Faced with mounting losses in its Musicland business and poor fundamentals going forward, Best Buy shut 107 Sam Goody and Suncoast stores, eliminated president Kevin Freeland’s position, and integrated the group into Best Buy operations.
The stores, whose leases either expired or were renewed on a month-to-month basis, included 90 Sam Goody units and 20 Suncoast stores. Together they represent 5 percent of Musicland’s total square footage, and follow the closures of 50 Musicland stores last year.
Best Buy acquired Musicland for $685 million in February 2001 with an eye toward expanding its portable digital product mix while tapping into its mall-based demographic of women and 15-to-25 year olds. But a sharp downturn in demand for pre-recorded music and a slowdown in mall traffic have weighed heavily on the chain, whose December net dropped 15 percent to $350 million.
“We believe change is necessary,” said Best Buy CEO Brad Anderson, citing Musicland’s financial performance and the potential for “continued deterioration of music sales, further reductions in mall traffic and increased competition.” The closures, which bring Musicland’s store count to 740 Sam Goody units, 387 Suncoast stores and 76 Media Play locations, will contribute to an expected loss of between $80 million and $85 million for the current fiscal year.
Best Buy has frozen plans to open new Musicland stores pending a review of the business, and is expected to announce its strategy for the ailing chain in April. In the interim, the company will begin integrating the Musicland business into its domestic Best Buy operations, with a focus, the retailer said, on the corporate staff.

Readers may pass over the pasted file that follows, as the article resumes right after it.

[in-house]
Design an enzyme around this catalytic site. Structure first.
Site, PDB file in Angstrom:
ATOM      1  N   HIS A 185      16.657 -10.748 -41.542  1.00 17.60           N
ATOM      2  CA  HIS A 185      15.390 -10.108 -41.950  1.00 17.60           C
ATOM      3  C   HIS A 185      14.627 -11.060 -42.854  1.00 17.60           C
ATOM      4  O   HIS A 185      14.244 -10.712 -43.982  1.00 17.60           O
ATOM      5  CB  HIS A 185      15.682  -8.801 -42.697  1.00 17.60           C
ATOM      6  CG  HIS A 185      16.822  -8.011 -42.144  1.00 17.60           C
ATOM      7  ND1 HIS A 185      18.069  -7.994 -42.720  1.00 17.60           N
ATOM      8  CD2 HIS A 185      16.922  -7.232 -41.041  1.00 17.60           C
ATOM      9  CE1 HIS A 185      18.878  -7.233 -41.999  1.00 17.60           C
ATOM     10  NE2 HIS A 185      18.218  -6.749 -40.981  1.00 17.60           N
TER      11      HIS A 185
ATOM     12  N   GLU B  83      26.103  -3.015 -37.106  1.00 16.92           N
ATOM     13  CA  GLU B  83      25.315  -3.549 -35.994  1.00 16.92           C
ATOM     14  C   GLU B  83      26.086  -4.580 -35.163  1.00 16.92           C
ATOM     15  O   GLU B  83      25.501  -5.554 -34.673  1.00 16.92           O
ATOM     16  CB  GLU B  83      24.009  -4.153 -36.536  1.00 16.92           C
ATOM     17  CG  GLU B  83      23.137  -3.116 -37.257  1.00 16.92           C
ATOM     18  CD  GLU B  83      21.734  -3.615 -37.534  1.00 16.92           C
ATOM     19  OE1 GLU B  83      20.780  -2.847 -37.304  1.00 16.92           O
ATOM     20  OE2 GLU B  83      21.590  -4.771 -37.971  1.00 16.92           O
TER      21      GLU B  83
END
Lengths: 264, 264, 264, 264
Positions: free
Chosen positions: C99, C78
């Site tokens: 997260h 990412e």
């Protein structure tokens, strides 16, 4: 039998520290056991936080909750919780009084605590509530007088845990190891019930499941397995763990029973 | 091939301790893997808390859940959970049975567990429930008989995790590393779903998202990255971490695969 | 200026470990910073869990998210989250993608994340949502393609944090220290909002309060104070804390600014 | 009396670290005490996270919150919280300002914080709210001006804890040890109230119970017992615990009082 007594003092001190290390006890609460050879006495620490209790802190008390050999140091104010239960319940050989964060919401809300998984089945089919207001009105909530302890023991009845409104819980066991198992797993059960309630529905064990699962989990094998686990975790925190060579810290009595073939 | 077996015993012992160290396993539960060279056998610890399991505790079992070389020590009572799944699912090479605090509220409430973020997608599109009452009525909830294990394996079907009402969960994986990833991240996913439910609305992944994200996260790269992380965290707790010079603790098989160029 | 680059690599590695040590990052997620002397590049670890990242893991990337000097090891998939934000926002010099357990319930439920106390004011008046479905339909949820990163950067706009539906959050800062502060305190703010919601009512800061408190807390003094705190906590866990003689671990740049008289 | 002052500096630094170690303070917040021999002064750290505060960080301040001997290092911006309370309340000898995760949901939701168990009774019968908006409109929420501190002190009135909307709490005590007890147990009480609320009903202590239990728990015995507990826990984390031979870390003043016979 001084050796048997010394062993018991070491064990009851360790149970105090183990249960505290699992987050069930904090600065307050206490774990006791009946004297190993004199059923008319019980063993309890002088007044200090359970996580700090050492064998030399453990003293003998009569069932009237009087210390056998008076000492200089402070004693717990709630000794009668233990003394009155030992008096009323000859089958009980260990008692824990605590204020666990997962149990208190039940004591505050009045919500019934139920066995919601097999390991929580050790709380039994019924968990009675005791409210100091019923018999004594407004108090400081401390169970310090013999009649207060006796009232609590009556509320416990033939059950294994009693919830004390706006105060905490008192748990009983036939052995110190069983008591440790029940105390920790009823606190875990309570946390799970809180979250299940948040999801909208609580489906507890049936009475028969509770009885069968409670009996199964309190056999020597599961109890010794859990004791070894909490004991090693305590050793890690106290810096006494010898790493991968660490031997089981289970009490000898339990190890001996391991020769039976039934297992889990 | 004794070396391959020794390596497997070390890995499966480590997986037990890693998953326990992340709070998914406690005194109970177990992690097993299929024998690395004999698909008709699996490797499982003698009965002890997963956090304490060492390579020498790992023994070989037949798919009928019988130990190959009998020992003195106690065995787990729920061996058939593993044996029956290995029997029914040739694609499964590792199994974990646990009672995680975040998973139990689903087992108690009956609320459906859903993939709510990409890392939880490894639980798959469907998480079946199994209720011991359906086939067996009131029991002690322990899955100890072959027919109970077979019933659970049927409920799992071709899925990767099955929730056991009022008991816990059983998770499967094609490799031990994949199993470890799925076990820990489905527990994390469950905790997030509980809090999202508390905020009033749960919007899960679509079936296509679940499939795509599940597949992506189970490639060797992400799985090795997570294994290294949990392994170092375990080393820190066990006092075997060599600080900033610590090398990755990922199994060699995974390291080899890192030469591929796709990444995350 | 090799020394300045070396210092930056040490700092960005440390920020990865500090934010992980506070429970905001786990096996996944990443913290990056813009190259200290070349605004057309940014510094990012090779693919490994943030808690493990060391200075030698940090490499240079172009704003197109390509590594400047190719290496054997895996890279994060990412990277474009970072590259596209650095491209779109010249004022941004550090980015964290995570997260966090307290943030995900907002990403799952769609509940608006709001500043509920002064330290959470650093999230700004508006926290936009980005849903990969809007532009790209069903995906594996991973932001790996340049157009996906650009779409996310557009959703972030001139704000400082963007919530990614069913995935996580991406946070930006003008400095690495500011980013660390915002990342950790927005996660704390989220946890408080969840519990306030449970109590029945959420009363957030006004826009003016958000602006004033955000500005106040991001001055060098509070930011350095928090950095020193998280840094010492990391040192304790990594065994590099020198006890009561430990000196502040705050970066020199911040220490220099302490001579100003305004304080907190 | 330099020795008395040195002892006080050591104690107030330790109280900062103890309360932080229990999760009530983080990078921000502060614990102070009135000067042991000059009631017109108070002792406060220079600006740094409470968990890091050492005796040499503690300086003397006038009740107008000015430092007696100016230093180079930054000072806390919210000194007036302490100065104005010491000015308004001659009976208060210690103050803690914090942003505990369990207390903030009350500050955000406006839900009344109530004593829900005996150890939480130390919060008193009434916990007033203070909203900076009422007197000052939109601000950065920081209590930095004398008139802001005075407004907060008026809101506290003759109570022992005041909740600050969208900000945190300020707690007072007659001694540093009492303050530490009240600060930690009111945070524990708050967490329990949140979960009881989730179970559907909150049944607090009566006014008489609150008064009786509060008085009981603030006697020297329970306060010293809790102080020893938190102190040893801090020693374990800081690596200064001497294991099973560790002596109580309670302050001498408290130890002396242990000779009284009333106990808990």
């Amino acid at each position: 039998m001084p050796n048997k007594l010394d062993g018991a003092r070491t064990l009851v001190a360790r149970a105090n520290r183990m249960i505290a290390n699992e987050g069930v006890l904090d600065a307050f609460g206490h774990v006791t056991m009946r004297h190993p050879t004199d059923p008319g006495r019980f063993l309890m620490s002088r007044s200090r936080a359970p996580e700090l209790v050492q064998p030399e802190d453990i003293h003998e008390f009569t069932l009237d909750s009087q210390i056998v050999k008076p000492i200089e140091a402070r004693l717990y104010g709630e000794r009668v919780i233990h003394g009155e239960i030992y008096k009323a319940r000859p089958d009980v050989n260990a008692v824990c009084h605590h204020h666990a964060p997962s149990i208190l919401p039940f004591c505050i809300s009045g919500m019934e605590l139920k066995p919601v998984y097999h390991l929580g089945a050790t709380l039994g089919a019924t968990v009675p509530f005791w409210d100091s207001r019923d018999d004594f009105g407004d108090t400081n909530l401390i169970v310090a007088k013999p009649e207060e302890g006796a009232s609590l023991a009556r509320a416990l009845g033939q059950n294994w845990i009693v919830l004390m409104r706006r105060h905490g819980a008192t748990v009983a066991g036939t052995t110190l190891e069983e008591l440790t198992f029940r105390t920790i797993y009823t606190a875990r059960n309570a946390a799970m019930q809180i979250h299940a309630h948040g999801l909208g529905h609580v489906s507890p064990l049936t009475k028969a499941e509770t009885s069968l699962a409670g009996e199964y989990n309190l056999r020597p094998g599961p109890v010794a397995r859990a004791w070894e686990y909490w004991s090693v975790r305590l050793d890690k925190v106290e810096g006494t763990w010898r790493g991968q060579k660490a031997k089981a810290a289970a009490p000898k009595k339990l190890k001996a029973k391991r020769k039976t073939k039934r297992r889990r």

The reorganization began with the departure of Musicland president Kevin Freeland, whose position has been eliminated.
By contrast, the balance of Best Buy’s retail divisions showed solid gains in December. Net for Best Buy’s flagship stores grew 12 percent to $3.52 billion as comps rose 2.1 percent, helped “significantly” by bestbuy.com. E-tail sales more than doubled in December while online traffic was up in the “strong” double digits, the company said, thanks to free shipping, expanded assortments and site improvements.
The retailer’s Canadian operation, which includes Future Shop and Best Buy stores, was ahead 27 percent in total sales to $350 million against a 3.5 percent comp store gain.
Same store sales at Magnolia Hi-Fi increased by the low single digits, driven by its selection of high-end digital, plasma and LCD TVs.
Anderson attributed the company’s industry-beating performance to “the strength of our brands, intelligent use of promotions and outstanding execution across the organization.” Leading categories included DTV, digital cameras and camcorders, satellite systems, DVD movies, video gaming software and accessories, wireless, notebook computers, networking and MP3 players, which all enjoyed double-digit comp gains.
Comps were weak for audio products and DVD hardware due to “significant price erosion,” while sales of major appliances continued to decline.
Anderson said Best Buy expects to boost sales between 10 percent and 12 percent to $25 billion in fiscal 2004, fueled by the addition of upwards of 85 new stores, including 60 Best Buy stores, 17 to 19 Canadian stores and four Magnolia Hi-Fi locations.
The Best Buy openings, comprised of 25 45,000-square-foot stores and 35 smaller-market format stores, will include six new markets and a second Manhattan location, at 86th Street and Lexington Ave.
Despite Musicland’s drag on earnings, the company also raised its fourth quarter earnings estimate to between $1.05 and $1.10 a share from expectations of $1.04 a share. “We anticipate increasing profit margins by boosting our efficiency, including improvements in our expense rate, speed to market and allocation of capital,” Anderson said.